Danny Aiello died on Dec. 12, 2019, TMZ reports. Aiello was reportedly being treated at a New Jersey medical center "for a sudden illness" and passed away after "he suffered an infection related to his treatment," though neither the illness nor the infection were specified as of press time. He was 86 years old.
Aiello’s breakout role was in 1973 alongside Robert De Niro in Bang The Drum Slowly, followed by a star turn in The Godfather: Part II as Tony Rosato. He was nominated for a Golden Globe and a Best Supporting Actor Oscar for his portrayal of Brooklyn pizza shop owner Sal Fragione in Spike Lee’s 1989 smash Do The Right Thing. He also appeared in Moonstruck, Hudson’s Hawk, and Jacob’s Ladder.
In addition to big screen work, Aiello was a staple on television and the stage, but his rise to success came after a life of poverty and hardship, and he turned to crime temporarily to support his family before becoming an actor at 35 years old. "I never killed anybody or sold drugs, but that’s about all I didn’t do," he admitted to People in 1990. Aiello’s grit eventually made him one of Hollywood’s highest-paid character actors. "I never felt intimidated," he quipped. "Hell, I’ve been shot at, nearly had my ear cut off in a fight. I’ve broken into other people’s houses. You learn to throw yourself out there. The worst they can do to you is say no. I can live with that."
Chuy Bravo, Chelsea Handler’s beloved sidekick on Chelsea Lately, died on Dec. 15, 2019, from a heart attack during a hospitalization in Mexico City to treat a gastrointestinal hemorrhage, TMZ reported. Bravo, born Jesus Melgoza, was 63 years old. According to a statement from his rep to CNN, his family is understandably "devastated as they cope with his sudden loss." A funeral was held for Bravo in Mexico with a later memorial service to be scheduled in Los Angeles.
The 4’3" comedian and actor, who was born with dwarfism and was a prostate cancer survivor and recovering alcoholic, was most famous for his work with Handler. However, his work in Hollywood extended beyond her stage. Bravo immigrated to the United States when he was 15 years old and reportedly visited the set of Three Amigos, which sparked an interest in showbiz. He later appeared in films like Pirates Of The Caribbean: At World’s End, The Honeymooners, and more.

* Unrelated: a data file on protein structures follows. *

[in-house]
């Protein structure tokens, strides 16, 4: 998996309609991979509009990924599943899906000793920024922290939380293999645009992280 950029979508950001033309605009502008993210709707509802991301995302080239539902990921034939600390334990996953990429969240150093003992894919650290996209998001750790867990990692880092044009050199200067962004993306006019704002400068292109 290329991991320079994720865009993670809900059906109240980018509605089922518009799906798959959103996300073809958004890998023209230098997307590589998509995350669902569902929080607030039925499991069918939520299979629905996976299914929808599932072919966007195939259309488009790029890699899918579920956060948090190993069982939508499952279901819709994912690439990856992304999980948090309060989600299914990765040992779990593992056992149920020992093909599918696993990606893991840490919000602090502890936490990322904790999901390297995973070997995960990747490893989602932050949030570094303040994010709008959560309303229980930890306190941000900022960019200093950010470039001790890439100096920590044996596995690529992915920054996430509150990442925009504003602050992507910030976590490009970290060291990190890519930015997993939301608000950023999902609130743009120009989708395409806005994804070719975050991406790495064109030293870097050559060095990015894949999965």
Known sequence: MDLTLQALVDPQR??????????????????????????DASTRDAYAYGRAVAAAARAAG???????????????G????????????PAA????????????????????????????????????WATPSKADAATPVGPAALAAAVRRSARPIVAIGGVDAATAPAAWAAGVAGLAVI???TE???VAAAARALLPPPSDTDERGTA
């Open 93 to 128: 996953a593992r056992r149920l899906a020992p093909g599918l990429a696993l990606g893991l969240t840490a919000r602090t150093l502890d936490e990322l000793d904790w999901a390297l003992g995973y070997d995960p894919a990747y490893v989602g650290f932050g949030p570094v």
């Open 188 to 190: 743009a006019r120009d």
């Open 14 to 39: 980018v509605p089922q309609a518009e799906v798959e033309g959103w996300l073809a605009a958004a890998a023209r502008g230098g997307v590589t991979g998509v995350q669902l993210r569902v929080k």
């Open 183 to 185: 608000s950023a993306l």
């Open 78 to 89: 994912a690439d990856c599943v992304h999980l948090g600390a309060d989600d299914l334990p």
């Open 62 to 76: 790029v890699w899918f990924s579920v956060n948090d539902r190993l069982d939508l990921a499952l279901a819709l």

Handler posted a heartfelt tribute to her late friend on Instagram, writing in part, "I loved this nugget in a big way, and I took great pleasure in how many people loved him as much as I did and do." Alongside a collage of photos of the two, she added, "@chuybravo gave us so much laughter and I’ll never forget the sound of his laughter coming from his office into mine. Or his ‘business calls’ with his ‘business manager,’ or his shoe rack with all his children-sized shoes."
Radio legend Don Imus died at 79 on Dec. 27, 2019, TMZ reported. Imus was one of radio’s first shock jocks, and his legacy is a mixed one. His humor could at times be sharp and cutting, and it was often also off-color and bigoted (Per the New York Post, Imus implied that athletes he didn’t respect were homosexuals, and frequently derided sportscaster Len Berman as "Lenny the Jew").
Imus’ most infamous remark was about the 2007 Rutgers University women’s basketball team, which he referred to as "nappy headed h**s." The outrage went nationwide, and he was let go from his time slot. He eventually got hired for ABC Radio. In March 2018, he admitted to CBS News, "The Rutgers thing I regret … ’cause I knew better."
Imus began his career in radio as a means to get airplay for his own fledgling music. He started as a DJ in California, then moved to WNBC Radio in New York. Imus In The Morning became syndicated through 100 radio stations. Imus was also known for charity work, including his "Imus Ranch" program, which served as summer camps for children with cancer.
A year before his death, Imus told CBS News that retirement was tough. "I always had it in my head that I was talking to one person," he said. "I felt that when I walked in there and sat down and turned the mic on, that I was talking to you. I’m gonna miss that."